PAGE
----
Read the Time Out review of 'Silver Linings Playbook'
Director: George Cukor
Cast: Katharine Hepburn, Cary Grant, Doris Nolan
Best quote: 'Compared to the life I lead, the last man in a chain gang thoroughly enjoys himself.'
Defining moment: Grant and Hepburn perform somersaults to announce their anti-establishment credentials.
Pack up your troubles
If you love ‘The Philadelphia Story’ then do catch Hepburn in this previous adaptation of a Philip Barry play as an independent-minded young woman stymied by her conservative family. She senses a kindred spirit in youthful Grant’s Johnny Case, who plans to leave his self-made career behind and travel the big, wide world. The complication is that he’s engaged to her alluring sister Nolan.
Yes, the theatrical origins are only too obvious, but glittering dialogue and sparkling star turns pave the way to a surprisingly affecting ending. Grant is unusually goofy, skillfully masking his character’s contradictions, while Hepburn’s trademark display of determined intelligence remains the key to a film that thrives on the notion of liberating elopement. TJ
Read the Time Out review of 'Holiday'
Some Like It Hot (1959)
Director: Billy Wilder
Cast: Marilyn Monroe, Tony Curtis, Jack Lemmon
Best quote: 'Nobody’s perfect!'
Defining moment: Curtis, in disguise as a rich Brit, takes Monroe for a date on someone else’s yacht.
Love comes in spats
The romance in ‘Some Like It Hot’ is very much of the anything-goes, outsider sort. Wilder’s brilliant, high-energy transvestite comedy is a celebration of folk from the other side of the tracks dressed up as a madcap farce in which Curtis and Lemmon spend most of the film disguised as female musicians and on the run from the Chicago mob in 1929. It’s also, of course, a vehicle for Monroe’s beauty, charm and amply-platformed cleavage (seriously, check out her dresses in her two musical numbers).
Most of the fun lies in gender-bending games of mistaken identity that would make Shakespeare proud. But there’s also some real feeling here, both between Curtis and Monroe and, most bizarrely if fleetingly, between Lemmon and an ageing playboy. Delightful and giddy. DC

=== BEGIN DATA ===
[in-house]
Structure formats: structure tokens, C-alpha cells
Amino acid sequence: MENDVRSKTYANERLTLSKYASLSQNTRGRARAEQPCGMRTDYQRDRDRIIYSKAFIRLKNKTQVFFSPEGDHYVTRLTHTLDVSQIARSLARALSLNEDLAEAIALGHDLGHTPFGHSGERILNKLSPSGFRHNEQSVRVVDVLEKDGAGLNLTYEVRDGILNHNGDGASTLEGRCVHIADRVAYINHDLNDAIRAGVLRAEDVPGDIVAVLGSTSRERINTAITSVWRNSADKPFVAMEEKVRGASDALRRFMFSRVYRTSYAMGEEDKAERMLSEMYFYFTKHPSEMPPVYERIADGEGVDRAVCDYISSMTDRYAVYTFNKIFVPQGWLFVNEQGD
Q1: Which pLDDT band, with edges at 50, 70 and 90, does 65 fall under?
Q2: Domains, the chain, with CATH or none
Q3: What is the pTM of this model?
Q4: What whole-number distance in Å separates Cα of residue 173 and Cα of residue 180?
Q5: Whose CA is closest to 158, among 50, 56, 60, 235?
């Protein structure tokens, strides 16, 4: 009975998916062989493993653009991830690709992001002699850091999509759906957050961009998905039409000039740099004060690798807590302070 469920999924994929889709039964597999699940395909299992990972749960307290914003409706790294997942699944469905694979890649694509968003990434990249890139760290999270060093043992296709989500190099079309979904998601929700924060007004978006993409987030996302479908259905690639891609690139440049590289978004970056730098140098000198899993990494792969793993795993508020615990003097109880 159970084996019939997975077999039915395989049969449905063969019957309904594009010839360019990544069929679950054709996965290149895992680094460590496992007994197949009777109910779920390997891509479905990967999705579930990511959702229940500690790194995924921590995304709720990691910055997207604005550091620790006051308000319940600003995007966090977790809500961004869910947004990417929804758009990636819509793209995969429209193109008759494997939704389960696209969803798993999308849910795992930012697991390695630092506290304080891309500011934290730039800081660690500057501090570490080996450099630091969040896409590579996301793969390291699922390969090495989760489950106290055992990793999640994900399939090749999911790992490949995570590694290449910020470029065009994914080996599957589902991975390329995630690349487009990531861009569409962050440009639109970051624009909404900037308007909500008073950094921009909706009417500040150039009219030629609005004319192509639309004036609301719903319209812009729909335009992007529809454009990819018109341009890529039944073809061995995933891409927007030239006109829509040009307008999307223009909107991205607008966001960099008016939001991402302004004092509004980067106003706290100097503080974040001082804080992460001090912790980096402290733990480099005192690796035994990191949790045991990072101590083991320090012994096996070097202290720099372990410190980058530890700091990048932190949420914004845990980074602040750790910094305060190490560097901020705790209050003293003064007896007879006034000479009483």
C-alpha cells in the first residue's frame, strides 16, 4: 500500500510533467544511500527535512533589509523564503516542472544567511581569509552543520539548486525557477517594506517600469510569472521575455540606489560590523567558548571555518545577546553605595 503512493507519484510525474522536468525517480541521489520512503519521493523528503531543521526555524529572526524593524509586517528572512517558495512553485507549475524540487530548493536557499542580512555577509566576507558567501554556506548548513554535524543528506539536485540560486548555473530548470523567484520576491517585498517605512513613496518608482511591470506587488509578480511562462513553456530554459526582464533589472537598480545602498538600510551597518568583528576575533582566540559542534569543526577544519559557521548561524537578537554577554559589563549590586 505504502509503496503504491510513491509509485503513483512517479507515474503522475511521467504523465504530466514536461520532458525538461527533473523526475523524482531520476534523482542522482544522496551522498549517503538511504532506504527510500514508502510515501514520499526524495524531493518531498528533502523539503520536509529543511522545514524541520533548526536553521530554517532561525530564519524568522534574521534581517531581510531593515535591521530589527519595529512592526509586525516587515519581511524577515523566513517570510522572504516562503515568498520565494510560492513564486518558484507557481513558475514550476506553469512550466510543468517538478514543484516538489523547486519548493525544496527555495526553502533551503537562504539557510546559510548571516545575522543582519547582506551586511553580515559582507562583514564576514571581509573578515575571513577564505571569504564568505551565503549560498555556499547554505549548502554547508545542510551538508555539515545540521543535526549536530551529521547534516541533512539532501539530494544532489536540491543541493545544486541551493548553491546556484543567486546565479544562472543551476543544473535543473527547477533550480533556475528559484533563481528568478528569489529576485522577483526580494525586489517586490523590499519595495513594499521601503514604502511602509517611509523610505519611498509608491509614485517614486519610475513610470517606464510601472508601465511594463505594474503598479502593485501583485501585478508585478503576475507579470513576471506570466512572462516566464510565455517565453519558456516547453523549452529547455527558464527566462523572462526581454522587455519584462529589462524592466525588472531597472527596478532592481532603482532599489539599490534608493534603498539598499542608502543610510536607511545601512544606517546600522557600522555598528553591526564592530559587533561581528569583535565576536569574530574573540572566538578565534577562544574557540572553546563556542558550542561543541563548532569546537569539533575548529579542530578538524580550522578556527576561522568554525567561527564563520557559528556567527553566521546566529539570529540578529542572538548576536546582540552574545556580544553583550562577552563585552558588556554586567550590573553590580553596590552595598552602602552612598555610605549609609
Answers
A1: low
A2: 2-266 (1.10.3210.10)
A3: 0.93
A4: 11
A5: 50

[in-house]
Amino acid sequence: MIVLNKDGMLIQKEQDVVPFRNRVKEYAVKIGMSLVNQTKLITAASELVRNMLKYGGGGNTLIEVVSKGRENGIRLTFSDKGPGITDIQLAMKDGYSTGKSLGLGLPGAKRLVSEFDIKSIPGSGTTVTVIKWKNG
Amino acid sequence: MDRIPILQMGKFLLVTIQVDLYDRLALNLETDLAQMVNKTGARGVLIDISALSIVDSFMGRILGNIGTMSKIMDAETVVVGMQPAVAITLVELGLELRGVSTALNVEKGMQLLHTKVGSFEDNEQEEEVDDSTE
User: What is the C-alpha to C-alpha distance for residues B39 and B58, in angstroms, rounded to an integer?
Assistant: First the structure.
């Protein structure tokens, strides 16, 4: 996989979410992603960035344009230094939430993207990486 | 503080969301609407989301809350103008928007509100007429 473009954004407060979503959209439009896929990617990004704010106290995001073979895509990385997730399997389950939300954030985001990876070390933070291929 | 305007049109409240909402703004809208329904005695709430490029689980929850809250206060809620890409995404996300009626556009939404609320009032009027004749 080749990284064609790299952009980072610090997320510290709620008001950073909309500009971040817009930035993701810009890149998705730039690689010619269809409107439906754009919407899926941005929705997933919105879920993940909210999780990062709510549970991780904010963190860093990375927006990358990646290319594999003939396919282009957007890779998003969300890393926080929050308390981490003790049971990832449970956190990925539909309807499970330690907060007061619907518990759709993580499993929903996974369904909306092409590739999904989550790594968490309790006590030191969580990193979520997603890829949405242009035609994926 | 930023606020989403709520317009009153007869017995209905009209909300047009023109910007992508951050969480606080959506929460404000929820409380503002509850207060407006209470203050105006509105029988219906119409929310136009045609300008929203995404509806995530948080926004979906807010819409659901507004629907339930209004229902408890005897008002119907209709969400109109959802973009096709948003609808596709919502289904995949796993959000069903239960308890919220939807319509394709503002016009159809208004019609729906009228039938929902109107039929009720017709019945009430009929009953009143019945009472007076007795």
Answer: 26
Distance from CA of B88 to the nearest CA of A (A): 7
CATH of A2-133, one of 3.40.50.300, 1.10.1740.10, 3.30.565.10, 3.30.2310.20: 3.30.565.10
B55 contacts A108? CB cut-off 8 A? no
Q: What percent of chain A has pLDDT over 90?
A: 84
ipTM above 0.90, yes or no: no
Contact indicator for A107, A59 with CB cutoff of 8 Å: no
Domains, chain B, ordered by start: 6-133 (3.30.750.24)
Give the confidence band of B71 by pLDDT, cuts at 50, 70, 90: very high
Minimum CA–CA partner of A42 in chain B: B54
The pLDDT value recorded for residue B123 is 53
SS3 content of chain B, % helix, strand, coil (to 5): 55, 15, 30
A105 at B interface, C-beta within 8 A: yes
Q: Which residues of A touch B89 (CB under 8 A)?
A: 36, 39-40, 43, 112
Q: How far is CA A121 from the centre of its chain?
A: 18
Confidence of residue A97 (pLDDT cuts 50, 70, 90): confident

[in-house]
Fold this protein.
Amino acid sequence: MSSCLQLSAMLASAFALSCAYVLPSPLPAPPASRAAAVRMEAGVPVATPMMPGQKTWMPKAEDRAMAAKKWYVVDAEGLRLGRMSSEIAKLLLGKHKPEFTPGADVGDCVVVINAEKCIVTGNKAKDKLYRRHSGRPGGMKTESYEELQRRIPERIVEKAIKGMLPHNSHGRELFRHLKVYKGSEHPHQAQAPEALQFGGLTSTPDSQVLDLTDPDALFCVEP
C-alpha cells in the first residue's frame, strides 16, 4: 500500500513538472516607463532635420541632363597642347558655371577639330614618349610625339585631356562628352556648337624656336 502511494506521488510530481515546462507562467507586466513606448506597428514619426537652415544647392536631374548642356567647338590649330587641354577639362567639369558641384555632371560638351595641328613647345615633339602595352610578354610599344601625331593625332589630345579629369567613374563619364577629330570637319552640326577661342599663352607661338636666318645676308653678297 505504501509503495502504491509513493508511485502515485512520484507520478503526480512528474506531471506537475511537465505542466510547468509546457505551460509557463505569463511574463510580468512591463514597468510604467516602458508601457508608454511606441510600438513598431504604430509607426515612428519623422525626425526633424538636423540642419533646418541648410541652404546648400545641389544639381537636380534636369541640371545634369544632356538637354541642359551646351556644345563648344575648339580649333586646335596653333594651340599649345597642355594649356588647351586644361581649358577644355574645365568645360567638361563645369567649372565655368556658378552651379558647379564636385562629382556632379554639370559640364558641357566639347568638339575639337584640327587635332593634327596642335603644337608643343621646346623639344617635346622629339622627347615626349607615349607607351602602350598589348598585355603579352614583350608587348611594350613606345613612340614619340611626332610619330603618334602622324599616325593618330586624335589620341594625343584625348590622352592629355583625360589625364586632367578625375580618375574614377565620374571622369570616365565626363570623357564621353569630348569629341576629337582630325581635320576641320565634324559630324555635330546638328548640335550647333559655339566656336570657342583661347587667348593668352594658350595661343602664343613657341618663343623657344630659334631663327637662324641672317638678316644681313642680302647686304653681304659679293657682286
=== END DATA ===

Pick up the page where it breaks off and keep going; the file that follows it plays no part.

Read the Time Out review of 'Some Like It Hot'
The Fabulous Baker Boys (1989)
Director: Steve Kloves
Cast: Jeff Bridges, Michelle Pfeiffer, Beau Bridges
Best quote: 'You're not going to start dreaming about me and waking up all sweaty and looking at me like I'm some sort of princess when I burp?'
Defining moment: Michelle drapes herself atop Jeff’s piano for a smoky rendition of ‘Makin’ Whoopee’.
Another season, another reason
He knows he shouldn’t. She knows she shouldn’t. But they can’t help themselves. For decades, talented but feckless Jeff Bridges has been working hotel lounges in an easy-listening piano duo with his steady-Eddie brother (and real-life sibling) Beau, but when the work dries up they take on a vocalist – Michelle Pfeiffer’s Susie Diamond, a world-weary former escort seeking the showbiz spotlight.
Suddenly, the trio’s a hit, but there’s something in the air between Jeff and Michelle, which could break the act apart if they choose to respond to it. First-time writer-director Steve Kloves matches awkward adult emotions to razor-sharp dialogue, so naturally Hollywood picked him to adapt the ‘Harry Potter’ saga (!). Still, we’ll always have the Airport Ramada… TJ
Read the Time Out review of 'The Fabulous Baker Boys'
Out of Sight (1998)
Director: Steven Soderbergh
Cast: George Clooney, Jennifer Lopez
Best quote: 'Jack, please don't make me do this.'
Defining moment: J-Lo and Clooney get up close and personal in the boot of a getaway car.
Junk in the trunk
It's got to be the sexiest meet-cute in the movies. Clooney is a bank robber who’s just bust out of prison. Lopez is the federal marshal who gets in his way. We already know she likes a bad boy, so when he bundles her into the boot of a getaway car, sparks fly.
The chemistry between Clooney and Lopez is smokin’ hot in Soderbergh’s down-and-dirty adaptation of Elmore Leonard's novel. Sandra Bullock was originally tested for the marshal role, but it’s impossible to believe she would have sizzled like J-Lo. ‘Out of Sight’ will also go down in history as the movie that finally made TV pin-up Clooney a bona fide Hollywood star. CC
Read the Time Out review of 'Out of Sight'